Results Top

Macroscopic evaluation

The morphology [Figure 1] and organoleptic characters of whole plant of M. pudica were recapitulated in [Table 1]. Morphological features of whole plant of M. pudica Linn. divulged that the leaves are digitatively arranged, disitichous, bipinnately compound, hairy pinnae (1–2 pairs) with prickly petiole, stipulate, linear lanceolate leaflet (24–40 pairs) without stalks; leathery, measuring 0.6–1.2 cm long and 0.3–0.4 cm broad with obliquely rounded to truncate base; apiculate apex with entire to ciliate margin. The stems are erect, hispid with fibrous bark. Flowers are lilac pink, bisexual, glabrous, campanulate calyx, corolla four lobes, puberculous, crenate toward base, globose head, axillary, monadelphous, sessile ovary with numerous ovules, filiform style, and pedonculate glomerule inflorescence. The fruit/pod with 30 per capitulum, lance shaped. Oval or elliptical brown to gray four-seeded measures about 0 to 0.3 long and 2.5 mm broad, compressed, central ring on surface. The roots are slightly woody or wrinkled, tapering taproot repentant with secondary and tertiary branches.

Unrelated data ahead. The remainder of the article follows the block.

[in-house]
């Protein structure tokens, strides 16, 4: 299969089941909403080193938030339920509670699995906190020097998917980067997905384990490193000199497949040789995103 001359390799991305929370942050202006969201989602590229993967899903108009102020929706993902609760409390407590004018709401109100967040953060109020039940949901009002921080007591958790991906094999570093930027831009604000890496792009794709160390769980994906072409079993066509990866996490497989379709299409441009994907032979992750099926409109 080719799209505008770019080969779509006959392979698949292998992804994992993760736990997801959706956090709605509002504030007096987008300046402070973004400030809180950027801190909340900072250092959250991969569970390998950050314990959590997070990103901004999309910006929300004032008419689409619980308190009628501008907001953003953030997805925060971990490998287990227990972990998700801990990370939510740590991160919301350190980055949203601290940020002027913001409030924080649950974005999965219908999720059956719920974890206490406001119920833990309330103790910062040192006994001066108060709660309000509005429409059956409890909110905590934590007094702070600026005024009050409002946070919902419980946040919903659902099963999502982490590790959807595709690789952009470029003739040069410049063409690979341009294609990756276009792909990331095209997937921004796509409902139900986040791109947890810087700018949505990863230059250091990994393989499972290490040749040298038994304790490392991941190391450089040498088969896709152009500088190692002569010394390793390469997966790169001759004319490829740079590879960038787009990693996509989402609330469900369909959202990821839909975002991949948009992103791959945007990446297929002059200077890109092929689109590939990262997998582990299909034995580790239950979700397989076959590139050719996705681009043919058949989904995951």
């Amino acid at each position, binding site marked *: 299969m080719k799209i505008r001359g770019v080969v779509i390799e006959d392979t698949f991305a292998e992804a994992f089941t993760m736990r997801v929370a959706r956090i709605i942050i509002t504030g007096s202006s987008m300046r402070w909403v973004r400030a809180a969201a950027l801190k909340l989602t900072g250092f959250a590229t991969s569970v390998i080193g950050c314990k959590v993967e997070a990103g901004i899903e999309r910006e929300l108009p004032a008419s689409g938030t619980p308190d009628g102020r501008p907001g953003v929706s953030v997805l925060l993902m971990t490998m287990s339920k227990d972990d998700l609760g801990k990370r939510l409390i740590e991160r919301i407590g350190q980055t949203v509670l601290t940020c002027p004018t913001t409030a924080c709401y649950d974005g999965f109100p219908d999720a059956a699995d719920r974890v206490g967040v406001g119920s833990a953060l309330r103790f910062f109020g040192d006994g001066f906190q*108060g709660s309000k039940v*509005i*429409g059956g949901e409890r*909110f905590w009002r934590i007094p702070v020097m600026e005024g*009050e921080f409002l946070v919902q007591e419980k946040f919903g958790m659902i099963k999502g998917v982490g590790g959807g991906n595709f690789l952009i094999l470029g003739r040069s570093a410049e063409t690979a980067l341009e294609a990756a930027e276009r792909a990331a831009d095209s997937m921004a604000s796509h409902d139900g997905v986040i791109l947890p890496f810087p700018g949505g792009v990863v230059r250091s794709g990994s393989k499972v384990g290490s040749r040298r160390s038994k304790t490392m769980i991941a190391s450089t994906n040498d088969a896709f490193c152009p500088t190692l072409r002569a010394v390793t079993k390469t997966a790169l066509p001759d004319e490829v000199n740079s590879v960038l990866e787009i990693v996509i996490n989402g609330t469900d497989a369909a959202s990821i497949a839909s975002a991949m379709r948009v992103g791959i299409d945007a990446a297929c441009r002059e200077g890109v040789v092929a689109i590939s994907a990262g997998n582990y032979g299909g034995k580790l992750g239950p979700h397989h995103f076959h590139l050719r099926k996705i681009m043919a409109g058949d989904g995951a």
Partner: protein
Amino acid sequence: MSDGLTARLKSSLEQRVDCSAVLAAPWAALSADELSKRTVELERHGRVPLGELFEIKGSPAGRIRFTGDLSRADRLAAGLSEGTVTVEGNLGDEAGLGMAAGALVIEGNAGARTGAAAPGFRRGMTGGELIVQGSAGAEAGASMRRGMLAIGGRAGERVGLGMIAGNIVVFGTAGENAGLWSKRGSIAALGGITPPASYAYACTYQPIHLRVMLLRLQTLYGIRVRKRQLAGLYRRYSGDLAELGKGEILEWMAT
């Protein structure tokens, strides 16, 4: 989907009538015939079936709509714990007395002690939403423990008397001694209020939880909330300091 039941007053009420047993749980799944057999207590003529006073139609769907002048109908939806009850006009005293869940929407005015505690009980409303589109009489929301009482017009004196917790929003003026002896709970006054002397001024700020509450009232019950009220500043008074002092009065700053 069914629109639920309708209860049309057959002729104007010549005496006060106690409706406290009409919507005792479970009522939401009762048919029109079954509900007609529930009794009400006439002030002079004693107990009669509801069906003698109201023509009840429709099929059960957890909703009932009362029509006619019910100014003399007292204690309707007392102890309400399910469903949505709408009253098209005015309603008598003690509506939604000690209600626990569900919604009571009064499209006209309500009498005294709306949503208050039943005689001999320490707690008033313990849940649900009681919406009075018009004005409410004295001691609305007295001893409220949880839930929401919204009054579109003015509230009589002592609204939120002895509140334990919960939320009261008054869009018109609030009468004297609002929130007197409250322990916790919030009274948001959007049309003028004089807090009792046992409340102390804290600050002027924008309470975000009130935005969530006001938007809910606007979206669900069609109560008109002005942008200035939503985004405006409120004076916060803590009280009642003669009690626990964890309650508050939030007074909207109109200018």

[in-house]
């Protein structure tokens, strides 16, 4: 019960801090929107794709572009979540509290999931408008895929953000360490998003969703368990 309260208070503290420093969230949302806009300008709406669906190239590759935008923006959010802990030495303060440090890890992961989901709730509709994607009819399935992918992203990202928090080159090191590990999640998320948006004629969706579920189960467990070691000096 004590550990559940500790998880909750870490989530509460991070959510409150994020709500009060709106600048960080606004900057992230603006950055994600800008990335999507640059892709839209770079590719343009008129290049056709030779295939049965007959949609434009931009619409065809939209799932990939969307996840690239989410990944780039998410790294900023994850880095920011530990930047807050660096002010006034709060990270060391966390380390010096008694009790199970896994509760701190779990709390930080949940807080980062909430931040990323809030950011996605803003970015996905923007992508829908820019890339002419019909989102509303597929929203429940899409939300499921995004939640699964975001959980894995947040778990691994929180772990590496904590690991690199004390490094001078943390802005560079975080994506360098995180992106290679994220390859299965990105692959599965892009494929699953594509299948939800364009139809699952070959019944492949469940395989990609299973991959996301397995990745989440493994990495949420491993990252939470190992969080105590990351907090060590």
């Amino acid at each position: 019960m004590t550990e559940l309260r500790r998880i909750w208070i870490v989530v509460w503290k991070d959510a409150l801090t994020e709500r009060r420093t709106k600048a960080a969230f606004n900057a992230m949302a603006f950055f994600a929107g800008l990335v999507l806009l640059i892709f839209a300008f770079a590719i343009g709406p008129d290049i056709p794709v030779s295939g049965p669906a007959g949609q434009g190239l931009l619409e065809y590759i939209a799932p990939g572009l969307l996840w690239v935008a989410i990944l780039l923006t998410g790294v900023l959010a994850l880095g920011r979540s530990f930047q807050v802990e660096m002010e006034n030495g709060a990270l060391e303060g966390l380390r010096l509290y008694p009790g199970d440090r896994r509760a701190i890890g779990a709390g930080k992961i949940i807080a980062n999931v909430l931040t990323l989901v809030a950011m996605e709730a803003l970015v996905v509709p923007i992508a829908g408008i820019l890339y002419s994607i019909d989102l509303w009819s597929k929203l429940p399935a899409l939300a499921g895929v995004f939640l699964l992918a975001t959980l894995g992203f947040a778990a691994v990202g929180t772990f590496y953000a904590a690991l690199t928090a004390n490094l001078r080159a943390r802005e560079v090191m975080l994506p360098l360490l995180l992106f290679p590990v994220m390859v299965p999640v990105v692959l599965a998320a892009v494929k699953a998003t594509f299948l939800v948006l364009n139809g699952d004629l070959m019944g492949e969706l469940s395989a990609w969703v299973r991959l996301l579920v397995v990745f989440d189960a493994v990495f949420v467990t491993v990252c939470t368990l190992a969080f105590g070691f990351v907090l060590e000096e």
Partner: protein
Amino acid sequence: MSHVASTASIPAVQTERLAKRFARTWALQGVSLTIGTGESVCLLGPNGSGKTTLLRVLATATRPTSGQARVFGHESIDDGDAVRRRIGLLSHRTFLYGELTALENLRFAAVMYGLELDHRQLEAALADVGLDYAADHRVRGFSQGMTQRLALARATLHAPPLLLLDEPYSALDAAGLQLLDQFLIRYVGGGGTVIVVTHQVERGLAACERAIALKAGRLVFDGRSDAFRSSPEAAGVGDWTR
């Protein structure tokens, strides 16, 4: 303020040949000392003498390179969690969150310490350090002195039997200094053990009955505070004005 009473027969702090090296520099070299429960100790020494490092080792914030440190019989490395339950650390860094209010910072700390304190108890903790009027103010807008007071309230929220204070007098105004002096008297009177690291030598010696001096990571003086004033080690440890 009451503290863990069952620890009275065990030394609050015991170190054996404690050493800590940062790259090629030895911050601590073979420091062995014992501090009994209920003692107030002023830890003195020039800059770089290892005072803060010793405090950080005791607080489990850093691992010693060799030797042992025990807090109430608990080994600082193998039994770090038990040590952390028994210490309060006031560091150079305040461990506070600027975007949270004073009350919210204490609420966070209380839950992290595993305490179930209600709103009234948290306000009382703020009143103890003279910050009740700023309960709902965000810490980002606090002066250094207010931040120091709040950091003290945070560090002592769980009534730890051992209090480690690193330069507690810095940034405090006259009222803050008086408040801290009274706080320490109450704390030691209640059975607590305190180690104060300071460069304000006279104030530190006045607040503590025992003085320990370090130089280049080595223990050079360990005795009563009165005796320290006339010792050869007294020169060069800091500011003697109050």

Figure 1: Morphology of whole plant of Mimosa pudica

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Table 1: Prognostic morphology in taxonomical traits of Mimosa pudica

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Microscopic evaluation

Transverse sectional of root

Transverse sectional of root was represented in [Figure 2]. The Cork exhibits thick, narrow, corrugated, tangentially elongated rectangular walled with 5–12 layers, with a few outer layers crushed or exfoliated. The cortex cells with 6–8 layered, oval, or narrow in upper layer and rectangular and wide in lower layer contains intercellular spaces with fibers and crystals scattering in outermost layer. Medullary rays are wider toward cortex and narrow toward center. Vascular bundles consist of secondary phloem with sieve elements, crystal fibers, and phloem parenchyma traversed by phloem rays in single or groups arranged in tangential bands; thick walled crystal fibers with single or two to four prismatic crystals of calcium oxalate; uni- to multiseriate phloem rays; secondary xylem consists of usual elements traversed by xylem rays; vessels and thick walled parenchyma scattered throughout secondary xylem; uni- to biseriate xylem rays, rarely multiseriate, wider toward secondary phloem and narrow toward center. Secretory canals, simple and compound starch grains are seen. Besides, TS of root under polarizer was focused and depicted in [Figure 3].
Figure 2: TS of Mimosa pudica root Ck, cork; Ct, cortex; MR, medullary ray; Pa, parenchyma; PCr, prismatic crystal; PF, phloem fibre; SG, starch grain; Ve, vessel; XF, xylem fibre

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Figure 3: TS of root under polarizer

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Transverse section of stem